544, 545-546 (11th Cir. 2010) (unpublished); McCann v. Tillman, 526 F.3d 1370, 1378 (11th Cir.
2008); Miller v. Kenworth of Dothan, Inc., 277 F.3d 1269, 1275 (11th Cir. 2002). See also e.g.,
Mendoza v. Borden, Inc., 195 F.3d 1238, 1245 (11th Cir. 1999).
Austal contends that: 1) Roberson’s evidence of sporadic and isolated incidents of
racially hostile comments, conduct and graffiti during the time he was employed do not meet the
severe or pervasive threshold; 2) Roberson makes no allegations and presents no evidence that
the allegedly hostile environment unreasonably interfered with her ability to work on a day-today basis; 3) Austal maintained a policy establishing how an employee should report
discriminatory conduct, but Roberson failed to report certain conduct; and 4) Austal took
reasonable preventative and corrective/remedial measures to prevent a hostile work environment.
This is an unpublished decision and is persuasive, but not binding, authority pursuant to
Eleventh Circuit Rule 36-2. The Court notes this same rule applies to other Fed. Appx. cases cited herein.
Severe or Pervasive8
To be actionable as severe or pervasive, the harassment “must result in both an
environment that a reasonable person would find hostile or abusive and an environment that the
victim subjectively perceive[s]…to be abusive.” Miller, 277 F.3d at 1276 (internal citation and
quotation marks omitted). In other words, the severe or pervasive element has an objective and
subjective component. McCann, 526 F.3d at 1378. To determine the objective severity of the
harassment, courts look at the totality of the circumstances and consider: 1) the frequency of the
discriminatory conduct; 2) the severity of the conduct; 3) whether the conduct is physically
threatening or humiliating, or a mere offensive utterance; and 4) whether the conduct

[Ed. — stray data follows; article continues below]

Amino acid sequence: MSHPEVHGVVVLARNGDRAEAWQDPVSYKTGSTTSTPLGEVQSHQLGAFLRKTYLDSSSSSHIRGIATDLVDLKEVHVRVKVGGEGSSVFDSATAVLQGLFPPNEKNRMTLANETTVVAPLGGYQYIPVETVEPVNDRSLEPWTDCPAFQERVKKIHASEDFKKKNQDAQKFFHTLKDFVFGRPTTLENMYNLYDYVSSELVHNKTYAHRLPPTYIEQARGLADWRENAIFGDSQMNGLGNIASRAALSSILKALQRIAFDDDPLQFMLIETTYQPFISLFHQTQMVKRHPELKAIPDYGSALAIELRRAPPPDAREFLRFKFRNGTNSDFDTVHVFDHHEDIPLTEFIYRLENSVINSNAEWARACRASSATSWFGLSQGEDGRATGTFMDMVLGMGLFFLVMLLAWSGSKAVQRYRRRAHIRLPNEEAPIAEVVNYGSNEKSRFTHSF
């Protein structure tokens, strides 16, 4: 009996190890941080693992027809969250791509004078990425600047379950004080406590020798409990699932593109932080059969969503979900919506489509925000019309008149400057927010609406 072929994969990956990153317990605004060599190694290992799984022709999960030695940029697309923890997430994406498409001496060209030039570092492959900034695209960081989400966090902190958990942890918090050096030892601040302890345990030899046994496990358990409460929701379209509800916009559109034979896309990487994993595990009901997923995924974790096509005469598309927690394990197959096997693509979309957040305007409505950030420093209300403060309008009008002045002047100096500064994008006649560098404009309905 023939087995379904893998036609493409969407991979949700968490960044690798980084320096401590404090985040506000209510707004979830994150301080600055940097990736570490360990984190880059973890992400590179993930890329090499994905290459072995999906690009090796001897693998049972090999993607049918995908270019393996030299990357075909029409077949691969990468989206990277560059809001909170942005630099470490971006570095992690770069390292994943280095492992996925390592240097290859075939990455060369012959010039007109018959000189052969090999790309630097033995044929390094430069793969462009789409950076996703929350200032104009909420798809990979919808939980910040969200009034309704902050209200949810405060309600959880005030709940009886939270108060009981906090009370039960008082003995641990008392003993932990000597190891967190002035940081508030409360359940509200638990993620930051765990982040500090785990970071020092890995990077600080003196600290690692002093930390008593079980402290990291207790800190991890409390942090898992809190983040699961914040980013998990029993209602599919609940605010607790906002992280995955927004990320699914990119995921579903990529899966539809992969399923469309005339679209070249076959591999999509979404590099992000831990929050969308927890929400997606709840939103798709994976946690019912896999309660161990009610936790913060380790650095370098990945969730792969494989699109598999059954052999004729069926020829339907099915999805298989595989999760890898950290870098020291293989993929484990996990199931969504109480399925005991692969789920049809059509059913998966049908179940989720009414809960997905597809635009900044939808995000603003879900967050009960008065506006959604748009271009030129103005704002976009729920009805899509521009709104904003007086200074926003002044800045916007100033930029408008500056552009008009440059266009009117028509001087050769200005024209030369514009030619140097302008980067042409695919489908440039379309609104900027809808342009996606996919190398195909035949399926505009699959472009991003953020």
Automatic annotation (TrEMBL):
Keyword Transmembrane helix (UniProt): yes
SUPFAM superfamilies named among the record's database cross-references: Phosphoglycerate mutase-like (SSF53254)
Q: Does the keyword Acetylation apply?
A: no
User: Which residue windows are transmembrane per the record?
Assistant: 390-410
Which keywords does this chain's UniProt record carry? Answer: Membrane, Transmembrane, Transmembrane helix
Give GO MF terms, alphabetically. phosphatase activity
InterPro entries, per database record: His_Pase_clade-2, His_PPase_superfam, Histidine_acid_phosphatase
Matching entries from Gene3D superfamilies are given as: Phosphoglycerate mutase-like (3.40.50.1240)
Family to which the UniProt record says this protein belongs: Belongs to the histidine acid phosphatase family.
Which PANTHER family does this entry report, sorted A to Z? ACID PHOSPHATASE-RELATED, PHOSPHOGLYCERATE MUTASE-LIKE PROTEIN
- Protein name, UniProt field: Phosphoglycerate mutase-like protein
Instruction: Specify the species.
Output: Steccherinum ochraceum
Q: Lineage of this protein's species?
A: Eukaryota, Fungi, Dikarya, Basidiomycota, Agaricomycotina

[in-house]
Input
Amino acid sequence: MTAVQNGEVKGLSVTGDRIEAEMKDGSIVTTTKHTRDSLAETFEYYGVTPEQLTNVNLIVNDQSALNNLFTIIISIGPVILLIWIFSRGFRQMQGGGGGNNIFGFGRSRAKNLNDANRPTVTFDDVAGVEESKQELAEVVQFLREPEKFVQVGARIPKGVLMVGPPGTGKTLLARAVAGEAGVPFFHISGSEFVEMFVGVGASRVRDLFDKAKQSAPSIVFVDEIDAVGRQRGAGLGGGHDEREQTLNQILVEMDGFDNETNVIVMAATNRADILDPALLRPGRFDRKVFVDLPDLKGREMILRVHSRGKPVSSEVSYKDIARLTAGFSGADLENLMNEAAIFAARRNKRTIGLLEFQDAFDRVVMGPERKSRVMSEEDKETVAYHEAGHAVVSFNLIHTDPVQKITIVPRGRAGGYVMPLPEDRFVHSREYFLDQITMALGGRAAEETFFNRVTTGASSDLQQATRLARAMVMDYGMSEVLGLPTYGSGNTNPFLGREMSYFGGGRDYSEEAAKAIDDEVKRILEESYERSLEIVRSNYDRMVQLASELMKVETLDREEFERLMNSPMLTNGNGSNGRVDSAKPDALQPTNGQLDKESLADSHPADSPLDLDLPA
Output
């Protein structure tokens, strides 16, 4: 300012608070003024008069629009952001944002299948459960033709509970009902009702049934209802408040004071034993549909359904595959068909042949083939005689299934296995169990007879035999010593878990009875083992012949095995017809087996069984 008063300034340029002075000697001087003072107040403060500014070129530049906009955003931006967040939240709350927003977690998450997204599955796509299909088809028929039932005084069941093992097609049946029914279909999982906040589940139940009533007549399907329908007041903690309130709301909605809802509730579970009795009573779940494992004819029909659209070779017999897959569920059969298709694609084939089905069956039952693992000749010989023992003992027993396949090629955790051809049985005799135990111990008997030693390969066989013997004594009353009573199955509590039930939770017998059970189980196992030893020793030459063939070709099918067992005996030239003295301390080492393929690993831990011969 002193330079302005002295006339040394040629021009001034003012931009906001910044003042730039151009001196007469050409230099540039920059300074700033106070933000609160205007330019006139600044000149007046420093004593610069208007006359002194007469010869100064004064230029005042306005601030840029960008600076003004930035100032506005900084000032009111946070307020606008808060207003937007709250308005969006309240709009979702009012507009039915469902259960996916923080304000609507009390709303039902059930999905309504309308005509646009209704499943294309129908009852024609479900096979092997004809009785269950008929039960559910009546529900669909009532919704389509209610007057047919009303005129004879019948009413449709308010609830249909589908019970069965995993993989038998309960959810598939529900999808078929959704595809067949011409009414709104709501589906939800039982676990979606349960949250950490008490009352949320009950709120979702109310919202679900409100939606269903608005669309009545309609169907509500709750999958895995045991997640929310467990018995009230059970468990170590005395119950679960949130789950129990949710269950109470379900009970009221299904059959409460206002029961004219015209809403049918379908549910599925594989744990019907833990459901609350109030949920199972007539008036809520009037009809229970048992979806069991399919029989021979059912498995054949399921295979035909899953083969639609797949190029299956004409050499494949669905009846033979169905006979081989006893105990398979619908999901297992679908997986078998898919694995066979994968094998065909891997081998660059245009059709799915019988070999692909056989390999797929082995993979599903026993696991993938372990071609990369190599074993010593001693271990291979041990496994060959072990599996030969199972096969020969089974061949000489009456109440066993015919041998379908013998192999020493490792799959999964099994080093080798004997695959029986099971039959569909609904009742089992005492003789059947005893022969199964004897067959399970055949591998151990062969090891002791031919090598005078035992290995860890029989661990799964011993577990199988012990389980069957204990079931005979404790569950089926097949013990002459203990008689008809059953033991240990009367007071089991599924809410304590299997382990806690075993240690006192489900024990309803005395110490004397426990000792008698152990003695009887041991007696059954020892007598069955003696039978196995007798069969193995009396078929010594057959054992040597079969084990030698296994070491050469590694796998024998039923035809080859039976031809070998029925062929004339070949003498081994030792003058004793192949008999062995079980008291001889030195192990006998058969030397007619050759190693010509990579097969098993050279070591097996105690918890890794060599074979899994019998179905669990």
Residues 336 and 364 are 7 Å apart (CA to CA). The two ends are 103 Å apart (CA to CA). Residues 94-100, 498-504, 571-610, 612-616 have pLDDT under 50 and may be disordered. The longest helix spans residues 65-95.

unreasonably interferes with an employee's job performance. Reeves, 395 Fed. Appx. at 546.
See also Faragher v. City of Boca Raton, 524 U.S. 775, 787-788 (1998); Allen v. Tyson Foods,
121 F.3d 642, 647 (11th Cir. 1997) (citing Harris v. Forklift Sys., Inc., 510 U.S. 17, 23 (1993)).
“The conduct is considered cumulatively instead of in isolation.” Reeves, 395 Fed. Appx. at
After consideration of the evidence presented by Roberson, the Court finds that there is
sufficient evidence, if believed by a jury, that Roberson subjectively perceived his work
Roberson also relies on the allegations of the other 22 plaintiffs (Doc. 314 at 2-4, 17, 20-22, 2425, 28, 32) to support that an overall racially charged work atmosphere exists at Austal (i.e., viewed
through the lens of the plaintiffs’ collective allegations versus each plaintiff’s specific allegations). “To
rely on the evidence, each [plaintiff] must show that he was aware of those incidents at the relevant time
he alleges the hostile work environment.” See, e.g., Melton v. National Dairy, LLC, 705 F. Supp. 2d
1303, 1342 (M.D. Ala. 2010) (citing Edwards Wallace Comm. College, 49 F.3d 1517, 1522 (11th Cir.
1995)) (emphasis in original). See also e.g., Head v. Pitts Enterprises, Inc., Slip Copy, 2010 WL
2773376, *8 (M.D. Ala. Jul. 14, 2010); McKenzie v. Citation Corp., LLC, 2007 WL 1424555, *13 (S.D.
Ala. May 11, 2007). Courts in the Eleventh Circuit may consider statements not directed at a plaintiff and
even hearsay statements, so long as the plaintiff was aware of the statements at the time he was employed.
See, e.g., Yeomans v. Forster and Howell, Inc., Slip Copy, 2010 WL 3716394, *5-6 (M.D. Ala. Sept. 10,
2010). The Court has only considered the evidence of which Roberson testified that he was aware.
environment to be racially hostile. Moreover, the Court finds when viewing the facts in the light
most favorable to Roberson, that there is an issue of fact whether the harassment was severe and
pervasive. The Court also finds that there are issues of fact remaining as to whether Austal is